1. M
              Mahender Goriganti
              Feb 9, 2017 at 1:56 am
              Ignore these pseudo armchair pundits advice. Any approach anywhere other than the true Vedic approach of " Atman Brahman / Aham Brahmas-mi' with the practice of Raja Yoga, Dharma Yoga and Jana Yoga to the child, is moronic and is nothing more than making a lot of robots just like what happens in madrahs (extreme ex) .
              Reply
              1. C
                Chandru
                Feb 9, 2017 at 6:04 am
                Utopialt;br/gt;that is the word I am reminded!lt;br/gt;lt;br/gt;Teacher qualification,training,motivation are abysmal.lt;br/gt;then why we talk of stress etc;
                Reply
                1. R
                  Raja
                  Feb 9, 2017 at 2:12 am
                  Education is the basic foundation of a civilized society, and quality of education itself squarely depends upon the teachers at various levels of the hierarchy. Unfortunately, teaching profession in India is viewed as hopeless and thankless, the main reason for which is this: Unlike a BDO or a police inspector, a teacher has no “nuisance value” in that he is not in a position to grant favors to others, nor is he in a position to “punish” anybody. A legacy of the License-Quota-Permit Raj of the Congress era is that he who doesn’t wield the power has no respect in the society. In the process, teaching became the last refuge of the unemplo. To make matters worse, the caste-based reservation forestalls the selection of even those few who have a genuine apude for teaching, but who belong to the so-called upper castes. lt;br/gt;lt;br/gt;The least that the government must do is rid the teaching profession of the quota bias. In fact, this suggestion originally came several decades ago from a judge in Allahabad High Court. Instead of understanding the merit of the idea, however, Ramvilas Paswan threatened to impeach the judge. As Prof. P.V. Indiresan used to say, “Garbage in, garbage out.”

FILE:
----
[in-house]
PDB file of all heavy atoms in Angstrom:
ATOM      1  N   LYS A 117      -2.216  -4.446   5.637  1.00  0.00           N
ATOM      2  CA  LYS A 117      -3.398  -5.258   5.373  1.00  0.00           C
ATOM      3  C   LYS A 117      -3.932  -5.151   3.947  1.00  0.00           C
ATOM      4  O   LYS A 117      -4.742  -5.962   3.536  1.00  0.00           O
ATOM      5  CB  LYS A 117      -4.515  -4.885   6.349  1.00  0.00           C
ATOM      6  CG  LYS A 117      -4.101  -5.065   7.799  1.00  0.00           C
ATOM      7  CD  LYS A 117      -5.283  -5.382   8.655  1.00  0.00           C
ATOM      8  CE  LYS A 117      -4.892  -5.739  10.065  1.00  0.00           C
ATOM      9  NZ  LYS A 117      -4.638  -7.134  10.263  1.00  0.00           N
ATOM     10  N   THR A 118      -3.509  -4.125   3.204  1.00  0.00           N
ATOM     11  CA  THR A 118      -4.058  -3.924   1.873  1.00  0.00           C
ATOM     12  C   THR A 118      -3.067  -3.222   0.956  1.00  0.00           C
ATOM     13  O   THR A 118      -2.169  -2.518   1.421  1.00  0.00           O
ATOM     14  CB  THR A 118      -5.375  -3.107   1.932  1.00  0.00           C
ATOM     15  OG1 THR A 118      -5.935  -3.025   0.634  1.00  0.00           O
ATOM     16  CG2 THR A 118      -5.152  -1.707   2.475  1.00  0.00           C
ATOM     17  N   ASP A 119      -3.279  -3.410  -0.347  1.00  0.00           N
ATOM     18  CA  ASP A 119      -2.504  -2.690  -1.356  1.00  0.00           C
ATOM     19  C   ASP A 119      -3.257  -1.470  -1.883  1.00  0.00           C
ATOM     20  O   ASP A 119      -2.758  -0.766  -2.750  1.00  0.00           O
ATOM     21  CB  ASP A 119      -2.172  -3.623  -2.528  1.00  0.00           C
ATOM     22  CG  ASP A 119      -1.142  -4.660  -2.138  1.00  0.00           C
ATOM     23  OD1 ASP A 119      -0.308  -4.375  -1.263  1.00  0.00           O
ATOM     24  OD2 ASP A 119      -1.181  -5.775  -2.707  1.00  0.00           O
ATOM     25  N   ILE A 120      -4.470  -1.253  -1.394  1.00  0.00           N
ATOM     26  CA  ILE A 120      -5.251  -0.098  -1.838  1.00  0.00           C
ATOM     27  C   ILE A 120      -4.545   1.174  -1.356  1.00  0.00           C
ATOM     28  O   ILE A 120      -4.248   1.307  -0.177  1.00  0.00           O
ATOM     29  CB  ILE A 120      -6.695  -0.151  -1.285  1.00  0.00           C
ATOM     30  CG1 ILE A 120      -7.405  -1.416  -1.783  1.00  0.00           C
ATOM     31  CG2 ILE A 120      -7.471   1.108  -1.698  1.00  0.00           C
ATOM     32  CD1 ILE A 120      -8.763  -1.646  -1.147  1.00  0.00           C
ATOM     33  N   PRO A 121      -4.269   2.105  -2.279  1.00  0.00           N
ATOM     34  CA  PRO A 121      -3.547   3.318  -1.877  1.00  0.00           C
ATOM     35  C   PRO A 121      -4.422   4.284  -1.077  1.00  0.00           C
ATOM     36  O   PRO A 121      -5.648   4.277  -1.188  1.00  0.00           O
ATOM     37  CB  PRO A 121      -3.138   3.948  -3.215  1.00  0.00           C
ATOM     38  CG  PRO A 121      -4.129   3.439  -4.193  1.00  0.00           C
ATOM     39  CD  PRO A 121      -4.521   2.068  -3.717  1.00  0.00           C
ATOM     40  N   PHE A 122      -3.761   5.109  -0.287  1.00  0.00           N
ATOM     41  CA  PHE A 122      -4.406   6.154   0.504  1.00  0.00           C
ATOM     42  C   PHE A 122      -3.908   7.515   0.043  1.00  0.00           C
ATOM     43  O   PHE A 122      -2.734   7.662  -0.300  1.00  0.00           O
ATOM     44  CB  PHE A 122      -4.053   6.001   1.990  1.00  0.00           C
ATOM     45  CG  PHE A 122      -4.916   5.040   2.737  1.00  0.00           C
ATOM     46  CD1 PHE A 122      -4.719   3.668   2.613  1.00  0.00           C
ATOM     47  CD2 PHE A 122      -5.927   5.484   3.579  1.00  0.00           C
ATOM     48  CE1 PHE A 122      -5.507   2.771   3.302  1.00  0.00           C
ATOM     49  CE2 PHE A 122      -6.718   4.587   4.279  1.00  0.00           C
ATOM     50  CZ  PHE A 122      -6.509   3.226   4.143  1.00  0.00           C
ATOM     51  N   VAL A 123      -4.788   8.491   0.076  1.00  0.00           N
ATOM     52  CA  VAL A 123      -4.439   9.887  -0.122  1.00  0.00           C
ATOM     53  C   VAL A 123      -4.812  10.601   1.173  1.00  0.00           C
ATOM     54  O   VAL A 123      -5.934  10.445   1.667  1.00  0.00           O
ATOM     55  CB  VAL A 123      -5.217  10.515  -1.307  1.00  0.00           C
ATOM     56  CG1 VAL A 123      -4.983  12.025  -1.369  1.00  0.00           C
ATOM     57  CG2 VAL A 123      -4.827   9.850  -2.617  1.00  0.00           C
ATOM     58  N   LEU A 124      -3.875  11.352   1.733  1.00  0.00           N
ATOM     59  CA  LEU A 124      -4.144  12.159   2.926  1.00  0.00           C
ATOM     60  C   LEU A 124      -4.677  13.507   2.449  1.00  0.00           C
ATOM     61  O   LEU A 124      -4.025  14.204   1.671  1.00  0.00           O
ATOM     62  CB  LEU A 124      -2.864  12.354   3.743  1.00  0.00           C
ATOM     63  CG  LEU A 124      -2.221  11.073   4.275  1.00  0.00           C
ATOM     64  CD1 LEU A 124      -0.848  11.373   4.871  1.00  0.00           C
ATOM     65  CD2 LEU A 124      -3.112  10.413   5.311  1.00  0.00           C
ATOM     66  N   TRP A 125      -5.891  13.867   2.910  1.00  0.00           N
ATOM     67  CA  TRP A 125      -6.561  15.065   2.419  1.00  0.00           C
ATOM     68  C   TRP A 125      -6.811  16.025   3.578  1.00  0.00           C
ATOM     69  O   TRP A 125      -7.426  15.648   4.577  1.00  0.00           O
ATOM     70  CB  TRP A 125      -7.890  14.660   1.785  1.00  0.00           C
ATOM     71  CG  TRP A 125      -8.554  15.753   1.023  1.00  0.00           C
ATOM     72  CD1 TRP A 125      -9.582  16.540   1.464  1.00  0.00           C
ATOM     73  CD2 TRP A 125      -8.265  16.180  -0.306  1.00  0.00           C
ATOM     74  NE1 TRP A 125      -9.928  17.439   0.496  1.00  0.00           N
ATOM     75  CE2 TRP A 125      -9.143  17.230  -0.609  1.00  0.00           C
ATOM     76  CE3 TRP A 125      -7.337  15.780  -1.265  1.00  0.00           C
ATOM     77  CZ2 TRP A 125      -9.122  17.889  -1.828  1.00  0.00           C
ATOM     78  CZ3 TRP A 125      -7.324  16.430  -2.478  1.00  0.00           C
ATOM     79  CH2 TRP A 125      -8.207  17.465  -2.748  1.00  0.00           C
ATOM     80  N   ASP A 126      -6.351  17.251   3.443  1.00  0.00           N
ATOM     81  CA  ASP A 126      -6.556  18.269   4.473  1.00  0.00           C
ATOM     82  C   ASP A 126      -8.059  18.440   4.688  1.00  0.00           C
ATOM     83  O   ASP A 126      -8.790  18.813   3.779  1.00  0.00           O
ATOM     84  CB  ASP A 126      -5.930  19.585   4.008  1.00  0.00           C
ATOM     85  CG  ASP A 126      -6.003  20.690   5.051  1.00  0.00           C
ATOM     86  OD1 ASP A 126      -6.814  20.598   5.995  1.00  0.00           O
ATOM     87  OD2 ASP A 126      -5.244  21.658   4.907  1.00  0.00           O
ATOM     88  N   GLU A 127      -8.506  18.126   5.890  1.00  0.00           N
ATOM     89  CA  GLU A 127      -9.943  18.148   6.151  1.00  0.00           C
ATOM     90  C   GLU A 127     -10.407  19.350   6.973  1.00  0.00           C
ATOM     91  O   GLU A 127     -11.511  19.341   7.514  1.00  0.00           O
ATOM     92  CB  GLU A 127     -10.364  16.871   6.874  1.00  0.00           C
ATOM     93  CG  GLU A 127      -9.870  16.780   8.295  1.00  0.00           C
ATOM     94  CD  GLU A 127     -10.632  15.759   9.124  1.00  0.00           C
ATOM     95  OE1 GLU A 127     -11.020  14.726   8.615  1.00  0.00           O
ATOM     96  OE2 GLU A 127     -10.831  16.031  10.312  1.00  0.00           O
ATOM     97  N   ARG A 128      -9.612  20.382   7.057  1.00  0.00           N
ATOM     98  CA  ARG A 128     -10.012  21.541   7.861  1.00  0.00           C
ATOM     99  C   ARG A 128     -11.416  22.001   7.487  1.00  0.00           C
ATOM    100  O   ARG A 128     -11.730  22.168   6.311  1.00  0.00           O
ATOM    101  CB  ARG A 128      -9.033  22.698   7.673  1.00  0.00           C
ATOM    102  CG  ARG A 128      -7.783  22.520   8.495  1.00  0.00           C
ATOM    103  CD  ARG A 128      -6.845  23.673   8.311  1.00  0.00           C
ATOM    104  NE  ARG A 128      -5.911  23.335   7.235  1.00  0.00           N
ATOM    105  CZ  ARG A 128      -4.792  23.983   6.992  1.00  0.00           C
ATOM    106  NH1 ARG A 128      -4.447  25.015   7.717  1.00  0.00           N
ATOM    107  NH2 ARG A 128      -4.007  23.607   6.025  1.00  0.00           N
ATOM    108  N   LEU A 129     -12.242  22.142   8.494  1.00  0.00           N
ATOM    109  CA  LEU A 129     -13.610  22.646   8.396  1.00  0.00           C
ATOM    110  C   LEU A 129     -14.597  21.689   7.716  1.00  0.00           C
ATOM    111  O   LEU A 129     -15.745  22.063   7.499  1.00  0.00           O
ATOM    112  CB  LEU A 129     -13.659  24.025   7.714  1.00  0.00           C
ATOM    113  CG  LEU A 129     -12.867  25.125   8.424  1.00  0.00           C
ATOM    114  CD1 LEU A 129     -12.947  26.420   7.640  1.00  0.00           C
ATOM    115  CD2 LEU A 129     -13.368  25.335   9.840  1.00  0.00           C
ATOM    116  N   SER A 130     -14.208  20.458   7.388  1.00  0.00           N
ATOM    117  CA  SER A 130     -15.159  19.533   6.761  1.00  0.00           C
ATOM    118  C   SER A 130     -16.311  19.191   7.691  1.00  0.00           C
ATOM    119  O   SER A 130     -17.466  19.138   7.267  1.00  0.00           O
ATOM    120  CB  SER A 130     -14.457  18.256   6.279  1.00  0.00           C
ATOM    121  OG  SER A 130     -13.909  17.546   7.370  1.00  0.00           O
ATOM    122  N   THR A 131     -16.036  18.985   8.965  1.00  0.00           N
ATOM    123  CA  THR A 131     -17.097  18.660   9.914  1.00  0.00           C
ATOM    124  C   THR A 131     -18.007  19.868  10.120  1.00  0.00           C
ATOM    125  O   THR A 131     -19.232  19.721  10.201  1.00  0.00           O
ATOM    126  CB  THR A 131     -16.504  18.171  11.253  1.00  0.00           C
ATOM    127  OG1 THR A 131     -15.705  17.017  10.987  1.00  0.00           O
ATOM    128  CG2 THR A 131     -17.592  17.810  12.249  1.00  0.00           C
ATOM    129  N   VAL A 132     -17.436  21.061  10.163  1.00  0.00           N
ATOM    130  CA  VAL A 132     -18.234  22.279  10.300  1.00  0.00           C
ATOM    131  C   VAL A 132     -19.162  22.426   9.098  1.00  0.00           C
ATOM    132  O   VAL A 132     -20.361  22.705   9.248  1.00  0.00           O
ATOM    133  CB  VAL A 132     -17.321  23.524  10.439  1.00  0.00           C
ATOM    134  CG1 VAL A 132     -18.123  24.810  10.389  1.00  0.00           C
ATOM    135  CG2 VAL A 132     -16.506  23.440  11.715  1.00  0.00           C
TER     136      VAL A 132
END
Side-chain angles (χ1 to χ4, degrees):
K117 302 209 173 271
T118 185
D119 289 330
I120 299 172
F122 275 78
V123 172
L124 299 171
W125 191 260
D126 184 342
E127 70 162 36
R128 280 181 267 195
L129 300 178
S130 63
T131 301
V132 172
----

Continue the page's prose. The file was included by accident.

Reply